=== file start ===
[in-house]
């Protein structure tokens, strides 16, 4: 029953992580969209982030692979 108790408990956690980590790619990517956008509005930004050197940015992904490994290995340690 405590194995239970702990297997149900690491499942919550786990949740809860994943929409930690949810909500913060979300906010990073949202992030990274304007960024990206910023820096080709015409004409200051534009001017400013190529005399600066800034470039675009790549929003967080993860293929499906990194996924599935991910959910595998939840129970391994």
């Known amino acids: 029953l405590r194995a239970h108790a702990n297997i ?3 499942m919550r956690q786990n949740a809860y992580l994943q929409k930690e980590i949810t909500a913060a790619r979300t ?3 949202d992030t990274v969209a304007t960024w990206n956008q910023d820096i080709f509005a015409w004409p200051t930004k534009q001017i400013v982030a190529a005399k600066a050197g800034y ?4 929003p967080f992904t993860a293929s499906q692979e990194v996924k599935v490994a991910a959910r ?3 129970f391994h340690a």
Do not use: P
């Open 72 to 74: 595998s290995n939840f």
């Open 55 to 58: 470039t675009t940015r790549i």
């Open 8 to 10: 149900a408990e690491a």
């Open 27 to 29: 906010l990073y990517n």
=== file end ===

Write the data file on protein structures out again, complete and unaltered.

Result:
[in-house]
């Protein structure tokens, strides 16, 4: 029953992580969209982030692979 108790408990956690980590790619990517956008509005930004050197940015992904490994290995340690 405590194995239970702990297997149900690491499942919550786990949740809860994943929409930690949810909500913060979300906010990073949202992030990274304007960024990206910023820096080709015409004409200051534009001017400013190529005399600066800034470039675009790549929003967080993860293929499906990194996924599935991910959910595998939840129970391994």
């Known amino acids: 029953l405590r194995a239970h108790a702990n297997i ?3 499942m919550r956690q786990n949740a809860y992580l994943q929409k930690e980590i949810t909500a913060a790619r979300t ?3 949202d992030t990274v969209a304007t960024w990206n956008q910023d820096i080709f509005a015409w004409p200051t930004k534009q001017i400013v982030a190529a005399k600066a050197g800034y ?4 929003p967080f992904t993860a293929s499906q692979e990194v996924k599935v490994a991910a959910r ?3 129970f391994h340690a």
Do not use: P
């Open 72 to 74: 595998s290995n939840f």
């Open 55 to 58: 470039t675009t940015r790549i």
């Open 8 to 10: 149900a408990e690491a």
């Open 27 to 29: 906010l990073y990517n």